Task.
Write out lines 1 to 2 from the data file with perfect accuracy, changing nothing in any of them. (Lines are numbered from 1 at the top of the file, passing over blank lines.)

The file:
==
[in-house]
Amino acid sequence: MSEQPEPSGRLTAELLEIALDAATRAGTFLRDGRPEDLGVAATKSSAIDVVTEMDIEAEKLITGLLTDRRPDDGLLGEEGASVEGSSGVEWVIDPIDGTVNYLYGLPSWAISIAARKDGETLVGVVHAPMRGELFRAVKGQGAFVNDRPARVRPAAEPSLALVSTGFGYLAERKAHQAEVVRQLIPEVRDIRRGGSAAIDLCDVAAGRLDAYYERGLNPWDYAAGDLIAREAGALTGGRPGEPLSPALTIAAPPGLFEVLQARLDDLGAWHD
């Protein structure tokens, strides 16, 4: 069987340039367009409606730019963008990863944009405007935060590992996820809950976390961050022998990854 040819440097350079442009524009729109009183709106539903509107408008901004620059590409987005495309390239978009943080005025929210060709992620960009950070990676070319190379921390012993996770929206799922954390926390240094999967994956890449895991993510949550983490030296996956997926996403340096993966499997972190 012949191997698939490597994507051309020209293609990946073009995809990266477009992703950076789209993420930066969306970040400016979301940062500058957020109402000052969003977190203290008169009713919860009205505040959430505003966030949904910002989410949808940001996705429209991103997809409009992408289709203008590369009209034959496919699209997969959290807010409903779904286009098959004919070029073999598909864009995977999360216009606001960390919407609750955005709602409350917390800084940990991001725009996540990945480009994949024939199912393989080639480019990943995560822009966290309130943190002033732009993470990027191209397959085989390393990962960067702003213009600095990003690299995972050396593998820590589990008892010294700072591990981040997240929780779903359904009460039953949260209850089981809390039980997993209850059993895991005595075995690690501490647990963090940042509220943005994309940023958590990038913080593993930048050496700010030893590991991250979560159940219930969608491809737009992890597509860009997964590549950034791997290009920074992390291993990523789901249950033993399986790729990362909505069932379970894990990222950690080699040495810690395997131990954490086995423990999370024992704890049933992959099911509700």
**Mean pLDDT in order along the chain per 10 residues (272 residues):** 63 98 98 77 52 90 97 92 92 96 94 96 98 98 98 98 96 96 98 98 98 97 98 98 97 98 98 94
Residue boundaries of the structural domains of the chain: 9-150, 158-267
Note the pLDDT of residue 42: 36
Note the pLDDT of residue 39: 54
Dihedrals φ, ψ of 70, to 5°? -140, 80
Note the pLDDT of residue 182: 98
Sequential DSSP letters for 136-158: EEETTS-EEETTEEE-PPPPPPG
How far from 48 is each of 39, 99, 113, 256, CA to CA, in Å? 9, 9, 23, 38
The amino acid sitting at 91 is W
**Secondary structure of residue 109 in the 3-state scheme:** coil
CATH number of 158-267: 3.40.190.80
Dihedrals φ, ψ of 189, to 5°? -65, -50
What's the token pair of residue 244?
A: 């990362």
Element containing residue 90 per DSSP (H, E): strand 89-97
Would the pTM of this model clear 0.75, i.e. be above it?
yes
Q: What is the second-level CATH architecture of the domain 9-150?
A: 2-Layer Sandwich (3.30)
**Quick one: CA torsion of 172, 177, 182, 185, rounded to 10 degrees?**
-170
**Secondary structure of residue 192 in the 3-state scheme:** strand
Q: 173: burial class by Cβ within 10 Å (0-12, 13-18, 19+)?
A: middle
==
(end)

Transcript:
[in-house]
Amino acid sequence: MSEQPEPSGRLTAELLEIALDAATRAGTFLRDGRPEDLGVAATKSSAIDVVTEMDIEAEKLITGLLTDRRPDDGLLGEEGASVEGSSGVEWVIDPIDGTVNYLYGLPSWAISIAARKDGETLVGVVHAPMRGELFRAVKGQGAFVNDRPARVRPAAEPSLALVSTGFGYLAERKAHQAEVVRQLIPEVRDIRRGGSAAIDLCDVAAGRLDAYYERGLNPWDYAAGDLIAREAGALTGGRPGEPLSPALTIAAPPGLFEVLQARLDDLGAWHD